Seven other buses will take off from Tampa, Orlando, Hernando County, Jacksonville, Miami and Palm Beach for a Wednesday protest in Washington.

Meanwhile, Florida Demands Representation is planning bigger rallies and petition drives in various Florida cities May 31.

The local one will be at Lowry Park in Tampa. Hannagan hopes to draw as many as 5,000 people to sign the petitions.

"What we are trying to do is capitalize on the infrastructure that we developed in March," Hannagan said.

Jose Cardenas can be reached at or (727) 445-4224.

>>if you go

St. Petersburg rally

What: Count Our Votes rally and petition drive.

When: 10 a.m. to 2 p.m. today.

Where: Gladden Park ballfield, 3901 30th Ave. N, St. Petersburg.

Why: Florida Demands Representation is gathering petitions asking the Democratic National Committee to seat Florida's delegates at the party's convention this summer.

Palm Harbor movement to seat Florida's Democratic delegates gains momentum 04/25/08 [Last modified: Monday, April 28, 2008 1:56pm]
Photo reprints | Article reprints

© 2017 Tampa Bay Times


Join the discussion: Click to view comments, add yours

  1. A historic Tampa family saves a historic Tampa home built by an ancestor

    Human Interest

    The Knight family has replaced their roof and people are celebrating.

    The Peter O. Knight historical cottage, located in Tampa's Hyde Park neighborhood, is seen Thursday, July 20, 2017. The cottage fell into disrepair in recent years, but the Knight family stepped up with financial support to help stabilize the structure.
  2. Miami woman, 74, admits to voter fraud. Does jail await, or will she go free?

    State Roundup

    MIAMI — An 74-year-old woman pleaded guilty Monday to filling out other people's mail-in ballots while working at Miami-Dade's elections department.

    Gladys Coego
  3. In Twitter rant, Bucs' Gerald McCoy says he's unappreciated


    Gerald McCoy is feeling underappreciated again. He says somebody has crossed the line this time. He's speaking out and suggesting he might be gone "soon enough" from Tampa Bay.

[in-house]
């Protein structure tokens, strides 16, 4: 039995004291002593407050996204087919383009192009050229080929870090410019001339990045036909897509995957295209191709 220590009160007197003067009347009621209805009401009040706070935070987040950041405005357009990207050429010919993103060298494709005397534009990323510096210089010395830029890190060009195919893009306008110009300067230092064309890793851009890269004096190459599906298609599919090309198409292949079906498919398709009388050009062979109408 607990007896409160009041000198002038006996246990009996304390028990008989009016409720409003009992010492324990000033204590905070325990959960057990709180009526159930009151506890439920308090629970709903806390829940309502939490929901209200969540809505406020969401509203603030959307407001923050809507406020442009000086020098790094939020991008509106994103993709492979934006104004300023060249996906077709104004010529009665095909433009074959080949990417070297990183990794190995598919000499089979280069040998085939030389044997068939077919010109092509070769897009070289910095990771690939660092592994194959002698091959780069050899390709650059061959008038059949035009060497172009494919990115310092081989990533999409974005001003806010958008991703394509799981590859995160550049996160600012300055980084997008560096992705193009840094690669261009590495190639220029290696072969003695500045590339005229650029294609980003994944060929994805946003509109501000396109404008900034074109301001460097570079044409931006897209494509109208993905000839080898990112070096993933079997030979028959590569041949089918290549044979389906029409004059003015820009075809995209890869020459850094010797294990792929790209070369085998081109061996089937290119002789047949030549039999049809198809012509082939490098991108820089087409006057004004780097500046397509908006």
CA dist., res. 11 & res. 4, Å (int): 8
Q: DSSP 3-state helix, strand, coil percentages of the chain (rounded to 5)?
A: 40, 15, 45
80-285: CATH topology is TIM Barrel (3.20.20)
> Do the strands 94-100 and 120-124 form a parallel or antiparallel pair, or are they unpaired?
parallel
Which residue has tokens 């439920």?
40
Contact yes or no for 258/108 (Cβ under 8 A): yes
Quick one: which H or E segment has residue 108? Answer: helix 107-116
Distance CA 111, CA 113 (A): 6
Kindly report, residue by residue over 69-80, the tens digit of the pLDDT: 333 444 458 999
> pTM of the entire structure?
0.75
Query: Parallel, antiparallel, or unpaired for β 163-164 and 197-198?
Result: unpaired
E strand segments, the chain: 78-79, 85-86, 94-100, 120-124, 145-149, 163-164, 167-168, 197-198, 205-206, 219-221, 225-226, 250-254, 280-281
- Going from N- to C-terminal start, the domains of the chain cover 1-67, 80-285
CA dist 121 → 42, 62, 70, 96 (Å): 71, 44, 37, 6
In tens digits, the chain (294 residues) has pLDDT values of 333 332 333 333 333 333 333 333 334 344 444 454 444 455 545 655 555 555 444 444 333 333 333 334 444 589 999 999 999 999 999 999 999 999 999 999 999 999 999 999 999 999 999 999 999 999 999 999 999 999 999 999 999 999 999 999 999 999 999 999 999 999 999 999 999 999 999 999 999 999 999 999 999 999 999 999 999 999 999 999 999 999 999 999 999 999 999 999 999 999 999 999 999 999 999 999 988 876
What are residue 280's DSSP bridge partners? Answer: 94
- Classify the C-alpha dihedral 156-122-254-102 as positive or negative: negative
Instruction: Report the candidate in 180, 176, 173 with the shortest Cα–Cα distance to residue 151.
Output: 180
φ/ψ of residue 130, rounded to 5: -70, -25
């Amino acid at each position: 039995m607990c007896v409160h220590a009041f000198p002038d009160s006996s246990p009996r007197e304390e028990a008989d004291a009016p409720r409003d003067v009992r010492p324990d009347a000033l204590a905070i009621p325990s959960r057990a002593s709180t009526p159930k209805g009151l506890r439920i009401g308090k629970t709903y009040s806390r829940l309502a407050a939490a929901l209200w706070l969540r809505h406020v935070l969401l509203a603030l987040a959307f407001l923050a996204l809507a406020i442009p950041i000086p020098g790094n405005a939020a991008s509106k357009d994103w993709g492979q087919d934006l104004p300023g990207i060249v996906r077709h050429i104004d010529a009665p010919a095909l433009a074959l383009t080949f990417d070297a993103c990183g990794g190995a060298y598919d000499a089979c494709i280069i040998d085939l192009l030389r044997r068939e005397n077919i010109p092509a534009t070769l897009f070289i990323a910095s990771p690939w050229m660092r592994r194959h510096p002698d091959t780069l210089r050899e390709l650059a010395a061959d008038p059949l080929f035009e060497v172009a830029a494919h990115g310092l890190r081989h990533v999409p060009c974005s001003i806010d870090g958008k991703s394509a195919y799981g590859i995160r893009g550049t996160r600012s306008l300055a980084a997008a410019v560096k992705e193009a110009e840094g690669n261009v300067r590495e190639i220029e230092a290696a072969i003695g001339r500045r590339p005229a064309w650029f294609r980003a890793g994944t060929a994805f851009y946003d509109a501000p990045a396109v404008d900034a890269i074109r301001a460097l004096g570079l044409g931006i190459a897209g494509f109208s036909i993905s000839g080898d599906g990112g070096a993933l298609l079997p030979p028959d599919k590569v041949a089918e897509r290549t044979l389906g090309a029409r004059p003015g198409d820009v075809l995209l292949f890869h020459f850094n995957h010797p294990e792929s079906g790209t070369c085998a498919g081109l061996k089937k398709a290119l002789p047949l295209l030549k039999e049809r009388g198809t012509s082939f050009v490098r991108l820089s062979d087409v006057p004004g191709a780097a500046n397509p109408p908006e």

Photo Illustration RON BORRESEN   |   Photo by LOREN ELLIOTT   |   Times 
Gerald McCoy may be upset that Ronde Barber said a defensive leader “has to have a huge personality’’ like Warren Sapp’s. Monday, Barber walked that back.
  4. Bigger ships carry Georgia ports to record cargo volumes

    Economic Development

    SAVANNAH, Ga. — Bigger ships arriving through an expanded Panama Canal pushed cargo volumes at Georgia's seaports to record levels in fiscal 2017, the Georgia Ports Authority announced Monday.

    The Port of Savannah moved a record 3.85 million container units in fiscal 2017, the state said, benefiting from the larger ships that can now pass through an expanded Panama Canal.
  5. Photo gallery: Nine years later, library attack victim Queena works at learning to walk again


    Slowly, Queena Phu is learning the act of walking again through exercises in locomotion, strength and balance.
    She practiced her steps once again Monday afternoon with trainer-technician Mike Lopez at the nonprofit Stay In Step Spinal Cord Injury Recovery Center near the University of South Florida.
    Queena …

    Activity based exercise trainer George Palang, 33, and trainer technician Mike Lopez, 22, help Queena Phu during physical therapy at the Stay In Step Spinal Cord Injury Recovery Center on Monday, July 24, 2017, in Tampa, Fla.